I love the phrase, and I love to be “out and about”‘ When I go out, I find that my focus is constantly changing. Sometimes I want a view of the whole, to actually feel where I am, to put myself in that place…
But very often I find I want to get as up close and personal as I possibly can…I want to see what nature really looks like, how nature actually accomplishes those activities that make this planet a very special place…
And, all the time, just let me be out and about, to fix my focus, to enjoy any focus, to cherish this world with my own perspective.
This post is in response to the Weekly Photo Challenge, Focus
As anyone who has followed my blog knows, I spent much of the last year visiting and writing about the national parks that are found in my home state of Missouri. It was fun and rewarding, and we even found one, George Washington Carver National Monument, to which we had never been, and discovered that it was actually our favorite.
The state of Missouri is currently celebrating 100 years of Missouri State Parks. There are eighty-eight state parks and historic sites in all in Missouri, and so, of course, my husband and I are in the process of visiting each and every one of them. We are very fortunate in Missouri to have free admission to all our state parks, and I hope that remains so forever.
The state has issued a Centennial Passport in honor of this milestone anniversary, and we are busy getting each page of our passport stamped. I was lucky enough to be at the opening of our newest park, Echo Bluff, where I was able to have my passport signed by the governor of the state, making it an extra-special keepsake. I am easily excited, and smiles come fairly easily, too! Over this year, as I collect my passport stamps, I hope to share some of what our magnificent Missouri parks have to offer…and in that endeavor we begin with one of our favorites…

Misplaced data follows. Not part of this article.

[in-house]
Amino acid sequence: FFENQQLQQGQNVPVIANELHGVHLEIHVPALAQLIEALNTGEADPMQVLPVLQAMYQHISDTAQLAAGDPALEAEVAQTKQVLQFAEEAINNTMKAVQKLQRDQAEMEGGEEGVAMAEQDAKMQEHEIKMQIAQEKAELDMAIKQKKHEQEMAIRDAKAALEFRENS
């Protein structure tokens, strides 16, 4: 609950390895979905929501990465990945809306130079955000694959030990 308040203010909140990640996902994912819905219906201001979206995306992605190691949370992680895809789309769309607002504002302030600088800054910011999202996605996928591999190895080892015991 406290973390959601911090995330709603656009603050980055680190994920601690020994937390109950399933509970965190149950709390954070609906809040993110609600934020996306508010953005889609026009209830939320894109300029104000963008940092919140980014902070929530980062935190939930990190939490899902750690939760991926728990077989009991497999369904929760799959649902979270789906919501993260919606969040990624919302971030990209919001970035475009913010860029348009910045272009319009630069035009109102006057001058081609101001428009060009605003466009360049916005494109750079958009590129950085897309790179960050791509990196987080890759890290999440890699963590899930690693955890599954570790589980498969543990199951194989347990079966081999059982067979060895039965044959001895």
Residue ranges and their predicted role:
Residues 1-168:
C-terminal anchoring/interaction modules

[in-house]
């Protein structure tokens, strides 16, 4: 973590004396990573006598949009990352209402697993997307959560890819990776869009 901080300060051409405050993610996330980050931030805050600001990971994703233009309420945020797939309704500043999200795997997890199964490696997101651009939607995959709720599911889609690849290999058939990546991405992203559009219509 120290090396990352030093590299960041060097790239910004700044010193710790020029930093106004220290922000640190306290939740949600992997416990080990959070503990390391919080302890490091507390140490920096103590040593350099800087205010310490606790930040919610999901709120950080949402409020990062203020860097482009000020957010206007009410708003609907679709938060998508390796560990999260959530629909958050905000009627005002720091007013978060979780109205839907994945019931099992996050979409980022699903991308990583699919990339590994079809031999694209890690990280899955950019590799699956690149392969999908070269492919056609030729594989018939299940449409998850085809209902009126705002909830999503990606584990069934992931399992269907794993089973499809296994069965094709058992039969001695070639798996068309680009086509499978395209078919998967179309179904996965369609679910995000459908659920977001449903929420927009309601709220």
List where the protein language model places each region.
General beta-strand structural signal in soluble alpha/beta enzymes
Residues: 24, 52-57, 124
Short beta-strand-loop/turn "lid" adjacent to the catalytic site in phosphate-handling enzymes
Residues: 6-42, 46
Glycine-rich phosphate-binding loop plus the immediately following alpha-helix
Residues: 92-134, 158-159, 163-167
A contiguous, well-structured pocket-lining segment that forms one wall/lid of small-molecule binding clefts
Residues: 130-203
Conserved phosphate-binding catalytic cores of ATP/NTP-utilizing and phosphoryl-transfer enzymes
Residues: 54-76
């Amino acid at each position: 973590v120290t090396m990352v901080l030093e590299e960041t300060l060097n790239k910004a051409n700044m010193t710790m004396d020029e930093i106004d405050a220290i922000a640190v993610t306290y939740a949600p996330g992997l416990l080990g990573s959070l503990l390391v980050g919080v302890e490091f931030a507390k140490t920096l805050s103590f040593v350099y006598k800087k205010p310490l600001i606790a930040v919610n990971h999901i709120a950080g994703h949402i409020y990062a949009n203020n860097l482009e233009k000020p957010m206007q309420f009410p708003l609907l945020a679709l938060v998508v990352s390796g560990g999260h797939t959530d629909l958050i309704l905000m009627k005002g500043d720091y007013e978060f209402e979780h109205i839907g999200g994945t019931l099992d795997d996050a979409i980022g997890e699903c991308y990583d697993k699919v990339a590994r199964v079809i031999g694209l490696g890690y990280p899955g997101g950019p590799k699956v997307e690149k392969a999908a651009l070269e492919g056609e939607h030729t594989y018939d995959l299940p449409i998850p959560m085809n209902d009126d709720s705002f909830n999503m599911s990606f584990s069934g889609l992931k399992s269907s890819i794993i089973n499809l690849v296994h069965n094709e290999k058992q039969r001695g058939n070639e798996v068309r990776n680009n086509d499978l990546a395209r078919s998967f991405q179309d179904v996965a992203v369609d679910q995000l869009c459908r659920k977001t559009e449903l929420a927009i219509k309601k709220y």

Ha Ha Tonka State Park…”Smiling Water”
Ha Ha Tonka State Park sits at the side of the Lake of the Ozarks in south central Missouri. It is located in Missouri’s karst region, and is known as the best place within the “Cave State” to learn about karst. A karst region is simply an area where the landscape is built on a foundation of soluble rock such as limestone and dolomite. As these rocks dissolve over many years, sinkholes, caves, underground streams, and springs develop. It is possible to find all the elements of a karst landscape within the boundaries of Ha Ha Tonka State Park.
Ha Ha Tonka is a fascinating place in a fascinating area. On fourteen trails, covering a little more that eighteen miles, it is easy to see and experience a lot of what it has to offer. So, let’s take a little tour…I say little, because I have not been to all the views, nor all the experiences on all the trails, but what I have done, and what I have seen was well worth the journey, and the effort.
My favorite trail is the Spring Trail. It is 1.5 miles long, and takes you along a scenic view of the lake before climbing 316 wooden stairs up to a bluff top from which there are fantastic views of the park and the castle ruins…ruins we will talk about in a bit.
As you begin your hike, you will walk along the lake edge on one side, and a towering bluff on the other. It is an easy, flat, and surfaced trail for the first bit, until you get closer to the spring.